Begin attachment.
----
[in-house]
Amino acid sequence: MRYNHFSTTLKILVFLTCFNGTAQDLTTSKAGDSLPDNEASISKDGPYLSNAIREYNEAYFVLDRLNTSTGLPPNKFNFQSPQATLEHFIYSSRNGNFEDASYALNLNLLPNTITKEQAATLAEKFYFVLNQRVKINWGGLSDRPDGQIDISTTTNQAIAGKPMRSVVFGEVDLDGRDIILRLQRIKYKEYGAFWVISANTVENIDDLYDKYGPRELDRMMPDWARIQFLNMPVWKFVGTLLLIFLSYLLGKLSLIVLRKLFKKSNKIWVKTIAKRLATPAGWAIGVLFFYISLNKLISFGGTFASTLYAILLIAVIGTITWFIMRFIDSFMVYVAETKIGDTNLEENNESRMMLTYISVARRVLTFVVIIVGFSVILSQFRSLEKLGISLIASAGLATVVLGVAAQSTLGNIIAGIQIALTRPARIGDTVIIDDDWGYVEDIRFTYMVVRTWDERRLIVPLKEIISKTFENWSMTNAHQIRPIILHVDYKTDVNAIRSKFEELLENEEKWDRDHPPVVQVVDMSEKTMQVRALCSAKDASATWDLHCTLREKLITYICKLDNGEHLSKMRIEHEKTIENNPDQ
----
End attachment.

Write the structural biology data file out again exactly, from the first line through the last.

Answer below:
[in-house]
Amino acid sequence: MRYNHFSTTLKILVFLTCFNGTAQDLTTSKAGDSLPDNEASISKDGPYLSNAIREYNEAYFVLDRLNTSTGLPPNKFNFQSPQATLEHFIYSSRNGNFEDASYALNLNLLPNTITKEQAATLAEKFYFVLNQRVKINWGGLSDRPDGQIDISTTTNQAIAGKPMRSVVFGEVDLDGRDIILRLQRIKYKEYGAFWVISANTVENIDDLYDKYGPRELDRMMPDWARIQFLNMPVWKFVGTLLLIFLSYLLGKLSLIVLRKLFKKSNKIWVKTIAKRLATPAGWAIGVLFFYISLNKLISFGGTFASTLYAILLIAVIGTITWFIMRFIDSFMVYVAETKIGDTNLEENNESRMMLTYISVARRVLTFVVIIVGFSVILSQFRSLEKLGISLIASAGLATVVLGVAAQSTLGNIIAGIQIALTRPARIGDTVIIDDDWGYVEDIRFTYMVVRTWDERRLIVPLKEIISKTFENWSMTNAHQIRPIILHVDYKTDVNAIRSKFEELLENEEKWDRDHPPVVQVVDMSEKTMQVRALCSAKDASATWDLHCTLREKLITYICKLDNGEHLSKMRIEHEKTIENNPDQ